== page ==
I am not normally one to praise our current government, which is why it somewhat pains me to admit when Universities Minister Michelle Donelan was making TV appearances to discuss the government’s plan to get students home for Christmas, I was impressed.
While I did not agree with everything she said, here was someone who was finally expressing what I had felt when so many people seemed to want universities to lock their doors again during the second lockdown, or even to not return in the first place.
The government undeniably must get students home for Christmas. Were they not to, the public outcry would be unprecedented. The impact of being separated from their families during the festive season on students’ mental health would be extortionate and, aside from that, would it even be feasible to lock up students when the rest of the nation will likely be free to go out as they choose? It makes sense then that the government has chosen to take control of the situation, allocating a window for students to travel home immediately following the national lockdown, when the risks of transmission across the nation from this mass movement should be greatly reduced.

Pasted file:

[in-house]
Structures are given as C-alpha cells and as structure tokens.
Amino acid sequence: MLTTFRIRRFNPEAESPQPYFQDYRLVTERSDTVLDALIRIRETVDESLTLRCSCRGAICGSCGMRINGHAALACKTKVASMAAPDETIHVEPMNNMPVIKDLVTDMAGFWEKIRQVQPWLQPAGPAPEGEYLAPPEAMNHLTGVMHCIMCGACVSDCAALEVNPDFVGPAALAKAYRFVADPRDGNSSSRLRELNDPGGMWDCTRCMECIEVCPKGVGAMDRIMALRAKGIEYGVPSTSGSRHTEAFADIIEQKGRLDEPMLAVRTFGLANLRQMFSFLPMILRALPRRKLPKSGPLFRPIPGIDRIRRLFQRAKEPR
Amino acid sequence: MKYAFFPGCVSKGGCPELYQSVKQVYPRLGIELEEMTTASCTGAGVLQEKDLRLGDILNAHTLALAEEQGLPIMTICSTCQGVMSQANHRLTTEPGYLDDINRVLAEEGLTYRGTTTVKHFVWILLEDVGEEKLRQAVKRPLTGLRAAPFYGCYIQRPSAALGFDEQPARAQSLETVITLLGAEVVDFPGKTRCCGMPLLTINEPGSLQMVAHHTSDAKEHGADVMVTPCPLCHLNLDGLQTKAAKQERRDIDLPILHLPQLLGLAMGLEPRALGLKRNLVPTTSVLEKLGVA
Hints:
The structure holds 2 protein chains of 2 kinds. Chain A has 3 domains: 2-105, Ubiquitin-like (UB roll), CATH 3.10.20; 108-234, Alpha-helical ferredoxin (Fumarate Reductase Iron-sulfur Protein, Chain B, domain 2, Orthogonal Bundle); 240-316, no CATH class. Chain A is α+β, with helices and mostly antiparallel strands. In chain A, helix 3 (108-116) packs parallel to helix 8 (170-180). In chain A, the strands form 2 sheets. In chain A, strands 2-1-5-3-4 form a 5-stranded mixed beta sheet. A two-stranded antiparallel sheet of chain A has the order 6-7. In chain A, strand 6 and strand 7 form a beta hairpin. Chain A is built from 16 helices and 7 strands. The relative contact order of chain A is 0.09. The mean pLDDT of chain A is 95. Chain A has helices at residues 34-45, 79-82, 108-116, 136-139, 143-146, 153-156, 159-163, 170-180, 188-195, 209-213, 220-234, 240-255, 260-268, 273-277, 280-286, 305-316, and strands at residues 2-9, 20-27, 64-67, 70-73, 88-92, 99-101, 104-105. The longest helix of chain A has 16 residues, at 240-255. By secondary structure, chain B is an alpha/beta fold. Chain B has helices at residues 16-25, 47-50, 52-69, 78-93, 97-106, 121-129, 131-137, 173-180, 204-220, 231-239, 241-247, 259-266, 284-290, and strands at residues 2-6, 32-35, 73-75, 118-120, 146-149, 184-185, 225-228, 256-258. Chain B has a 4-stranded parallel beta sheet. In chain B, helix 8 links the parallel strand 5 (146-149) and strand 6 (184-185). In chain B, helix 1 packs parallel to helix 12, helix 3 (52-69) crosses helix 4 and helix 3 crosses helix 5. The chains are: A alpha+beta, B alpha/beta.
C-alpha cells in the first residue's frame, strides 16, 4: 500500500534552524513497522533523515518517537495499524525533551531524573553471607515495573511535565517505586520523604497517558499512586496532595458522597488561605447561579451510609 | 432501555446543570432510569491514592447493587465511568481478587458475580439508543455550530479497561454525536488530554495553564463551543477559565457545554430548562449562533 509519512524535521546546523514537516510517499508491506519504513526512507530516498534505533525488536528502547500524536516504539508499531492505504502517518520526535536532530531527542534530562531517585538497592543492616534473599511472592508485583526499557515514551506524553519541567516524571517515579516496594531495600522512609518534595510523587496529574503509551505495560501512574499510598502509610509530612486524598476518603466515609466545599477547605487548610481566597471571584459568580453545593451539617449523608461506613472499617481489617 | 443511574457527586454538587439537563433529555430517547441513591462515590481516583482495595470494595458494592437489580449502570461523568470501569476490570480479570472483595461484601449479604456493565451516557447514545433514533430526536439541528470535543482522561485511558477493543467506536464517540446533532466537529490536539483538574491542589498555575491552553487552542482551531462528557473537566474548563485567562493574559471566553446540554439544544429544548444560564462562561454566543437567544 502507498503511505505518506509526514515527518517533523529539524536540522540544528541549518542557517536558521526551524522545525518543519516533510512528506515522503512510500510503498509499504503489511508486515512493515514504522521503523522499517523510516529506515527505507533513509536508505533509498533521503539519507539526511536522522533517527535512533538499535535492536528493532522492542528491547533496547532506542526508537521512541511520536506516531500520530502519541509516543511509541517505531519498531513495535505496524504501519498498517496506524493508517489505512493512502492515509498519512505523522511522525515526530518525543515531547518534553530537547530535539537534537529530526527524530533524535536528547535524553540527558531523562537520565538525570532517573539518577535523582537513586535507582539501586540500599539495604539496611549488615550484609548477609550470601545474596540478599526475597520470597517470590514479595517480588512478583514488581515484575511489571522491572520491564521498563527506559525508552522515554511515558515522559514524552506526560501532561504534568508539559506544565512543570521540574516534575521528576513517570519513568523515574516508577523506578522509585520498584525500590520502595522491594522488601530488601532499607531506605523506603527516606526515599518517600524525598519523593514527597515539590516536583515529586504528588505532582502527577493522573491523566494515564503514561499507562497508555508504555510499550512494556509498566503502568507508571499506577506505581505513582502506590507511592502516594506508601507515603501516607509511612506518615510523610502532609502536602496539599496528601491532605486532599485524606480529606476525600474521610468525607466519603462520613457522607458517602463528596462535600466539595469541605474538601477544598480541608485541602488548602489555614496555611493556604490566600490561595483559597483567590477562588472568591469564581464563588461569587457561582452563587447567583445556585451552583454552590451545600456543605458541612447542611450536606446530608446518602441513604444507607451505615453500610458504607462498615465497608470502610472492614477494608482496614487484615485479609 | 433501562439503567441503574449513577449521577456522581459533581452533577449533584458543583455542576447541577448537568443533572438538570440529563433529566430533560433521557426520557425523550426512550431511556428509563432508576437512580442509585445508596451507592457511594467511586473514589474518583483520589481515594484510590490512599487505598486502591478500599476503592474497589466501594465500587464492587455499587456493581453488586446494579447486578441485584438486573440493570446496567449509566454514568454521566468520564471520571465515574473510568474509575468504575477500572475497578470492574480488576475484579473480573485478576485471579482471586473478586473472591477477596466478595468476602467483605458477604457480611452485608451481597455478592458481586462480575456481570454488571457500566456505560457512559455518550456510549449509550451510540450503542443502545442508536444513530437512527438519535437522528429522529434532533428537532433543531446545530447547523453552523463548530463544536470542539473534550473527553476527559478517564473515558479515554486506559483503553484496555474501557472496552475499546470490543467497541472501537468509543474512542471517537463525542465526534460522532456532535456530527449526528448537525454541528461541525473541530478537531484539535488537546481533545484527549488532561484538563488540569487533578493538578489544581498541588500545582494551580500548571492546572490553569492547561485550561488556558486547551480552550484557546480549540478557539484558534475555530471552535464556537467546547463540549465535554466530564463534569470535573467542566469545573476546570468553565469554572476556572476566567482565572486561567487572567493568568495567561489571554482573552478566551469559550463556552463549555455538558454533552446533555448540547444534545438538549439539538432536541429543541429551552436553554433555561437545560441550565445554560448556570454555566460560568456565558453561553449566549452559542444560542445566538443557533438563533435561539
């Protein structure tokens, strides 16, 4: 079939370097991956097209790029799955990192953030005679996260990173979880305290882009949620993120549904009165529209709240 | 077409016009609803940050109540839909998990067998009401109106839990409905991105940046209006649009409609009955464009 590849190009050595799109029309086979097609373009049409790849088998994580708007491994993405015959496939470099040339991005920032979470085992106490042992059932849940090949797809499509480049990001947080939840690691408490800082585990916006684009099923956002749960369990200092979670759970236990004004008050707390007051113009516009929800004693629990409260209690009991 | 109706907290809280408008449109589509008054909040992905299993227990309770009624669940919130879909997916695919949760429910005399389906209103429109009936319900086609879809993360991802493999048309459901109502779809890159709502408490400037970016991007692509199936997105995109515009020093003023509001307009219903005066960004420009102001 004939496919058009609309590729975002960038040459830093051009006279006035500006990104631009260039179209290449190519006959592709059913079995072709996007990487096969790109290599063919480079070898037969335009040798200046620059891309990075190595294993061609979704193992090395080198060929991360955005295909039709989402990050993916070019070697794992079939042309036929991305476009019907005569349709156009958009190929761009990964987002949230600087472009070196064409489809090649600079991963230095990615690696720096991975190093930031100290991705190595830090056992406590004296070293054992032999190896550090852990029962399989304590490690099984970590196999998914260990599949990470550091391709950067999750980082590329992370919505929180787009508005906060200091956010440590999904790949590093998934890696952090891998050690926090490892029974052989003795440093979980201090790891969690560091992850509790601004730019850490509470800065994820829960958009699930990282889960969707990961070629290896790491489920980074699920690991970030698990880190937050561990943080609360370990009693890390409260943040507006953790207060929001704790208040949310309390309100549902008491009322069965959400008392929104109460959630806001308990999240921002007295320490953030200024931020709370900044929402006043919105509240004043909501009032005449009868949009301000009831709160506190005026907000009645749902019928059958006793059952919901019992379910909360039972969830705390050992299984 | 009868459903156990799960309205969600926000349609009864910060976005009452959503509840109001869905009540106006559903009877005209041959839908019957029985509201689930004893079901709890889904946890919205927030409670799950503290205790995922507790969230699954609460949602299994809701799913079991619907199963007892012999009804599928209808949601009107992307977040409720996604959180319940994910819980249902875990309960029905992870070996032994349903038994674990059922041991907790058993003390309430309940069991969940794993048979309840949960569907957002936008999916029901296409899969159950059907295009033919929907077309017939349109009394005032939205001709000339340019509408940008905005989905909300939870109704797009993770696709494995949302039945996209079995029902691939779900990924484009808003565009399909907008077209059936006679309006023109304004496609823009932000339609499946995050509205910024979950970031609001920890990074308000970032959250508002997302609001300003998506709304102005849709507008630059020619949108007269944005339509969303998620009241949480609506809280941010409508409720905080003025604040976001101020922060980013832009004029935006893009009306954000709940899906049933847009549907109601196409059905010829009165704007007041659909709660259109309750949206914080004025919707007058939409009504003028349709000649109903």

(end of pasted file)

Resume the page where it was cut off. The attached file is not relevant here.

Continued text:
This is not to say the plans are perfect. The testing which is being offered by the government appears to be limited, in that it will be targeted to areas which pose the greatest risk. This will still leave a void for students where testing is not available who may feel they are taking a greater risk in travelling home without knowing if they carry the disease. However, given the situation the government finds themselves in at this moment, they are delivering on their promise to get students home to their families for Christmas in as safe a way as possible.
On the wider issue of the government’s treatment of universities during the second lockdown, I again largely agreed with Ms. Donelan’s position. In my experience, neither online nor in-person seminars are perfect in the current situation. In the online environment, if the students are nervous or unwilling to contribute, the experience can be an uncomfortable one. Equally, in-person teaching can be challenging due to the social distancing required.
However, while much of the online content is of a very high quality, to completely lose the in-person aspect of courses would diminish the university experience, which ultimately relies on the ability to effectively exchange ideas. It would also, as the government frequently points out, increase the isolation of students who already have few reasons to leave their accommodation. Perhaps in regions with very high levels of coronavirus, going fully online could be the correct approach. However, in areas with low case numbers, this would be to the detriment of students.
Undeniably, this semester has been a hard one for many of us and it was comforting to finally hear another voice defending students who want to continue their studies as normally as possible.